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Immigration Roundup (February 15, 2005)

by Gregory Siskind

Spouses Who Filed in New York Are Not Getting Fast-Tracked

Over 2,000 foreign spouses of United States citizens who paid hundreds of dollars in fees to get on what they thought was a 90-day government fast track to a green card interview learned last week that they were instead stuck in the two year backlog with everyone else. A spokesman for the United States Citizenship and Immigration Services confirmed that the eight-month-old fast track program was halted in New York last week but was continuing indefinitely in Los Angeles, Miami, Chicago and Dallas to attempt eliminating paperwork backlogs.

Spokesmen for USCIS said the pilot program was dropped last week because it was not meeting its goals: to handle applications within 90 days and to detect a higher incidence of fraud among marriages. He said no refunds were due because the program was an internal management tool and not a guarantee that applicants would be on a fast track.

Some immigration lawyers are disputing these claims, saying that if a marriage-based case was filed in New York after April it was on an expedited track. Some lawyers advised clients stuck in the waiting list to re-file, even though it meant paying fees again, because in most cases approval was granted within four months.

Other immigration lawyers in New York are saying that it was up to the government to end the program, but are critical of the lack of notice. Many applicants now have expiring work authorization and travel permits. Those already scheduled for interviews may still be handled on the fast track, but those who applied in December and January - roughly 2,000 couples - can expect a two-year wait instead.

State Department Official Indicted on Visa Fraud Charges

A U.S. Department of State official was indicted on fraud and bribery charges for allegedly issuing visas to Armenian foreign nationals in exchange for cash. The official, Piotr Parlej, was arraigned last week in U.S. District Court in Washington and pleaded not guilty to visa fraud, bribery and conspiracy charges.

The U.S. Magistrate Judge presiding over the case ordered Parlej to remain in jail while he weighs the prosecutionsí argument that the defendant is likely to leave the country if freed on bond. In regard to him being likely to flee the country, prosecutors noted his very few ties to the United States and none in the Washington region with the exception of one friend.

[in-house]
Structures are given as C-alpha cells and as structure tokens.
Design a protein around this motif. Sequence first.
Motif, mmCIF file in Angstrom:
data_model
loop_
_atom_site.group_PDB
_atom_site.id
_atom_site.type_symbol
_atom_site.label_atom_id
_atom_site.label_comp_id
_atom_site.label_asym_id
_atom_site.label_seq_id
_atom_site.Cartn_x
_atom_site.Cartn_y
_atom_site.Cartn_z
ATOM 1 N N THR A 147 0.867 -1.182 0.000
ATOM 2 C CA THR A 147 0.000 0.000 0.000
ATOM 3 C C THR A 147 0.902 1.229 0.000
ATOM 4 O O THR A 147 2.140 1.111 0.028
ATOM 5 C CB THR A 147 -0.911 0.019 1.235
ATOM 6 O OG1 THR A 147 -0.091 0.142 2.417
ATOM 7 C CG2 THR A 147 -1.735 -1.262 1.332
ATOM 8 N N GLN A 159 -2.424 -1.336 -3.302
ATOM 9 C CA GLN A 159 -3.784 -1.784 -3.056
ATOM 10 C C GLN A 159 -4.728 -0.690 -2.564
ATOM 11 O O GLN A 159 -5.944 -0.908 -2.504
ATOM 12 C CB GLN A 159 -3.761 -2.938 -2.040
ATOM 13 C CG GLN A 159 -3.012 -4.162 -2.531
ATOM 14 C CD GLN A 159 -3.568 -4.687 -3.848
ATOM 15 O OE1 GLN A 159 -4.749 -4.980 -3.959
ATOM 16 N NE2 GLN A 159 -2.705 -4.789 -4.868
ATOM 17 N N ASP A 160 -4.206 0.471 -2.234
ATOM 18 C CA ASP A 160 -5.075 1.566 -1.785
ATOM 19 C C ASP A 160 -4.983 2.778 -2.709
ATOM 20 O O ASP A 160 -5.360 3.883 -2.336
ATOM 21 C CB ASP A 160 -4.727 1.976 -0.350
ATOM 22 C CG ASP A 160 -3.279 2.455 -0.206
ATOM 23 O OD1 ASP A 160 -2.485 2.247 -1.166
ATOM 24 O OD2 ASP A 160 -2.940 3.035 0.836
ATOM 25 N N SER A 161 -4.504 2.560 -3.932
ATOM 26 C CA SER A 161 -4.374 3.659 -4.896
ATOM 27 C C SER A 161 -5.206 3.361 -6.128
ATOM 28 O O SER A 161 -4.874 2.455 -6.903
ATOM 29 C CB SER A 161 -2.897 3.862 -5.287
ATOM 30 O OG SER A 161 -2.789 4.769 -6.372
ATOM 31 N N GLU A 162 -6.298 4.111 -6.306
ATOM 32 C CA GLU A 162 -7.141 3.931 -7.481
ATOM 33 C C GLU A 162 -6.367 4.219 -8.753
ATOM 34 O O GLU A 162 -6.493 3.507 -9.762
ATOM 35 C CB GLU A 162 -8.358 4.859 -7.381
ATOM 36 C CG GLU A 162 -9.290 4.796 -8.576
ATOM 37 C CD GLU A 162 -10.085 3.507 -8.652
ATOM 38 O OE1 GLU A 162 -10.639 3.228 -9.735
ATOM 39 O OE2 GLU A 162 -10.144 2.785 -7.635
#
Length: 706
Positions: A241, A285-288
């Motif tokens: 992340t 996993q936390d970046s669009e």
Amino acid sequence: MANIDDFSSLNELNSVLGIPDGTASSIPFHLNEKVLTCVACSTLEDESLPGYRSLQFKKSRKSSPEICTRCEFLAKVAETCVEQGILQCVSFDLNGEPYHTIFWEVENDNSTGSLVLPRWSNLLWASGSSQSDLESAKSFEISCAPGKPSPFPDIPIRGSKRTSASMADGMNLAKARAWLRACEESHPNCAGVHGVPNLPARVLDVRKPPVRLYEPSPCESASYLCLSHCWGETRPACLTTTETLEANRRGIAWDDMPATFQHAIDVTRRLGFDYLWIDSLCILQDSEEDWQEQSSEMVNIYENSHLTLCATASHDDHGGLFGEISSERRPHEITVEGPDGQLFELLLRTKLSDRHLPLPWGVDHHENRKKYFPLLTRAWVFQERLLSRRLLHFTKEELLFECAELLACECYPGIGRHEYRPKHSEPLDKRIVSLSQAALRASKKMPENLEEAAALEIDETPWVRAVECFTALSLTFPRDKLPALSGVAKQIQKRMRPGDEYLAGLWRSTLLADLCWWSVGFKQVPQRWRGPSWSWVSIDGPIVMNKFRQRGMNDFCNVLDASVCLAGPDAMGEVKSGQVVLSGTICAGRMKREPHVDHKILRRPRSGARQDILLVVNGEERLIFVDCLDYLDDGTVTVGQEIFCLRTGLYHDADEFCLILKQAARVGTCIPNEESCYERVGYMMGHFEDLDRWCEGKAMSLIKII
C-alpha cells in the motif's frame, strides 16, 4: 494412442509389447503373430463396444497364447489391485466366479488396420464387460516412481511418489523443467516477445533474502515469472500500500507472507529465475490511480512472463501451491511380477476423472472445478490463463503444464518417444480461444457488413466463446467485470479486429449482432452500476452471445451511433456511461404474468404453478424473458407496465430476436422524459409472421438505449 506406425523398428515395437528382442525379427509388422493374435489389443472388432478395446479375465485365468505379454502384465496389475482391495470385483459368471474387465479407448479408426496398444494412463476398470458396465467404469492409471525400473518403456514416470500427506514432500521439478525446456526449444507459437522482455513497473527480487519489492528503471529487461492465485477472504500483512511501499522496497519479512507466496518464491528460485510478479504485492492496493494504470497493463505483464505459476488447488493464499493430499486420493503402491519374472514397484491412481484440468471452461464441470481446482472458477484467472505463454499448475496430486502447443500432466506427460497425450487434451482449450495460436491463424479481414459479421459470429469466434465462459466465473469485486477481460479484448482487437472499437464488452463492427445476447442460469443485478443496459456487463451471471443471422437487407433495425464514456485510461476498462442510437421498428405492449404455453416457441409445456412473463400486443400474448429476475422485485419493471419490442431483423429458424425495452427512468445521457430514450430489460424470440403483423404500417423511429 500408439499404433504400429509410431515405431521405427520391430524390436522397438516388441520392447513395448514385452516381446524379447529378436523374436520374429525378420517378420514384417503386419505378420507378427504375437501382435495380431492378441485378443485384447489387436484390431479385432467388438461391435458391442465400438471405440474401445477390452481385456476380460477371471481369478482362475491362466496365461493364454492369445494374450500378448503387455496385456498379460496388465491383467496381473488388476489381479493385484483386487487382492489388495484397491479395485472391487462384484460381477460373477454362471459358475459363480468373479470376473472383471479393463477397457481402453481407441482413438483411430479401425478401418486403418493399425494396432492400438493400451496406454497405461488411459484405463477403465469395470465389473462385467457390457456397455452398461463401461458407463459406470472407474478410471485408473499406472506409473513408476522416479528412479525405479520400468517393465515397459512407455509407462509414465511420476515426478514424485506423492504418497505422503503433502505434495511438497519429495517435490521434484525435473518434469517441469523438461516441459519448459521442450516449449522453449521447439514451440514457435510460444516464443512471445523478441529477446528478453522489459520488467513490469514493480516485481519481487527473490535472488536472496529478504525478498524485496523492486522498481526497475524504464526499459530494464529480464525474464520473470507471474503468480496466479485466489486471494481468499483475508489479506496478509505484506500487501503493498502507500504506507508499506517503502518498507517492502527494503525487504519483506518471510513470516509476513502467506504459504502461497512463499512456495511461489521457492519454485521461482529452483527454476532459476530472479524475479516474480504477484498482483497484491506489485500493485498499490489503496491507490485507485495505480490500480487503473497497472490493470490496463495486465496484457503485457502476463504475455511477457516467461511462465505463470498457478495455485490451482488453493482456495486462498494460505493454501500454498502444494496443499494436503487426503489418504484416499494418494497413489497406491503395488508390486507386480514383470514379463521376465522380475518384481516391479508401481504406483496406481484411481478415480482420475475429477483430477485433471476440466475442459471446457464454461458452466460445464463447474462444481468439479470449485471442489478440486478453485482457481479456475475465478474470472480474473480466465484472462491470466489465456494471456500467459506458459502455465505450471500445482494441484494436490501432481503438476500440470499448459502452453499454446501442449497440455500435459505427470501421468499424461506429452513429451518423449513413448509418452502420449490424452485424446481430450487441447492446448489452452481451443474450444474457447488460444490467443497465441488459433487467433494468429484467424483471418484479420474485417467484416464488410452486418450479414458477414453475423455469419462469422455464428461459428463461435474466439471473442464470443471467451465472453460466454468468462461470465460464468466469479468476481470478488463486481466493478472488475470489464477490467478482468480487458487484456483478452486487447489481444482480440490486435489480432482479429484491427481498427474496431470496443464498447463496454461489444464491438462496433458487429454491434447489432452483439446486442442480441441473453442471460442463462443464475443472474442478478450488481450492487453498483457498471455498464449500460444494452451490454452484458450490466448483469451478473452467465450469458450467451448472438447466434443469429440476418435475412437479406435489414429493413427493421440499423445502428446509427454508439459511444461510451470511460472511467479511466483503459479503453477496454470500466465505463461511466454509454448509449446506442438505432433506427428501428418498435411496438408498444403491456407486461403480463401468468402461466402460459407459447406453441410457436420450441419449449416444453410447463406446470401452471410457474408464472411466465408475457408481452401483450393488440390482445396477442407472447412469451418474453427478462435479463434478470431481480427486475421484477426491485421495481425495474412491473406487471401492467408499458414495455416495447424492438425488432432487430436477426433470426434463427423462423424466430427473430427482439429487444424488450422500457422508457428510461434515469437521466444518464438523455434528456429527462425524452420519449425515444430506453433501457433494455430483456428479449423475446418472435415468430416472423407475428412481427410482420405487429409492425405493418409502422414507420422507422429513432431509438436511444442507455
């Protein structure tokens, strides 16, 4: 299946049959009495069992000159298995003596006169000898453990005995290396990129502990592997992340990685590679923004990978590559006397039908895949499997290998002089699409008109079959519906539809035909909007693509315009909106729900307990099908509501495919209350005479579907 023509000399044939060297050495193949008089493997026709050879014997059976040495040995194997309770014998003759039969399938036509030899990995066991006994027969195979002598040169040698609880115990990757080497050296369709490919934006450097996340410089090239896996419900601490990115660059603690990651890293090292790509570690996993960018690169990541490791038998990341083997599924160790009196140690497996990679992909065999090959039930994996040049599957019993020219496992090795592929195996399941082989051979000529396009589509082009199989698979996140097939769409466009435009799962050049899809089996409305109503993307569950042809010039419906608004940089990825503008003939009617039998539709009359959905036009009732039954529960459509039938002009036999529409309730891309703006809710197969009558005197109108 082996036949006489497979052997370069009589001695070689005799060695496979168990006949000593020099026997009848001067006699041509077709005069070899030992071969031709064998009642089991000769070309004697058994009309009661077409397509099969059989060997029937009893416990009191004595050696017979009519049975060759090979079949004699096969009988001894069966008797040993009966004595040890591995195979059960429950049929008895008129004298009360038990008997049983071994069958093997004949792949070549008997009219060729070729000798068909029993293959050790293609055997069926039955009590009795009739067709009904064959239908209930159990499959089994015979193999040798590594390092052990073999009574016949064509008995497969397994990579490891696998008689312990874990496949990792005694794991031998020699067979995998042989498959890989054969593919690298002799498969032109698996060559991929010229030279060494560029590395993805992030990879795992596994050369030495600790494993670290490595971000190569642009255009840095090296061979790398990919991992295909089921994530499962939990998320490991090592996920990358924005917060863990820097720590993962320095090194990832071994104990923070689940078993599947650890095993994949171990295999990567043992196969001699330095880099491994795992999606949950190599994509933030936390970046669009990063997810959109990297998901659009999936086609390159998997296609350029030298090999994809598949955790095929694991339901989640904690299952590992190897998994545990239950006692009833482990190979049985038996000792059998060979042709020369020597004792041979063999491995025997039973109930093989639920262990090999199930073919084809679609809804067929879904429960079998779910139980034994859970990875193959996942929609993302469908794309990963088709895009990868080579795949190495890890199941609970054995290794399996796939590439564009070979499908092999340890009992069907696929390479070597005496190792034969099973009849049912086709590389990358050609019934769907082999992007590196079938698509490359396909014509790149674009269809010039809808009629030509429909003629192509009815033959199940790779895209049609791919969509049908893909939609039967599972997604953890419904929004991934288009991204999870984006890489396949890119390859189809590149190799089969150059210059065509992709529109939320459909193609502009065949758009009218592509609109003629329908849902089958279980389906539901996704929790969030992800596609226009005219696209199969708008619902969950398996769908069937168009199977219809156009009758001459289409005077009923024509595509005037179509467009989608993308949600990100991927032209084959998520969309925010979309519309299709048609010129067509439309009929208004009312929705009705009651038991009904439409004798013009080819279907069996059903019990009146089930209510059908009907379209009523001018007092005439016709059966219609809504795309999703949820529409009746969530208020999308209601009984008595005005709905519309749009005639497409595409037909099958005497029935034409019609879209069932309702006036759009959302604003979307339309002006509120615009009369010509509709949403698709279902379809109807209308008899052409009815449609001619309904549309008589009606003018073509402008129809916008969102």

As a U.S. consular, Parlejís duties included interviewing visa applicants and issuing visas if the necessary qualifications were met. The indictment alleges Parlej issued unwarranted visas to six foreign nationals in Armenia for as much as $10,000 on each occasion.

The State Departmentís Diplomatic Security Service led the investigation and, upon informing Parlej of the allegations, urged him to come back to the United States. He returned to the Washington region, where he was arrested.

If convicted, Parlej faces between five and 15 years in prison and a fine of up to $250,000 on each count.

Visa Mantis Program Extends Time in US for Some Scientists and Students

The State Department has extended the time many foreign students and scientists can remain in the country before renewing security clearances in response to concerns that strict visa requirements are discouraging them from coming to the United States.

The clearance is required for foreigners working in areas the government deems sensitive, including fields like chemistry, engineering and pharmacology. The change will lengthen the validity of the clearance to up to four years for students, two for working scientists, making it easier to remain in the United States for the duration of work or study programs. Until now, they had to reapply for clearance each year. The State Department consulted with the Department of Homeland Security before granting the extension.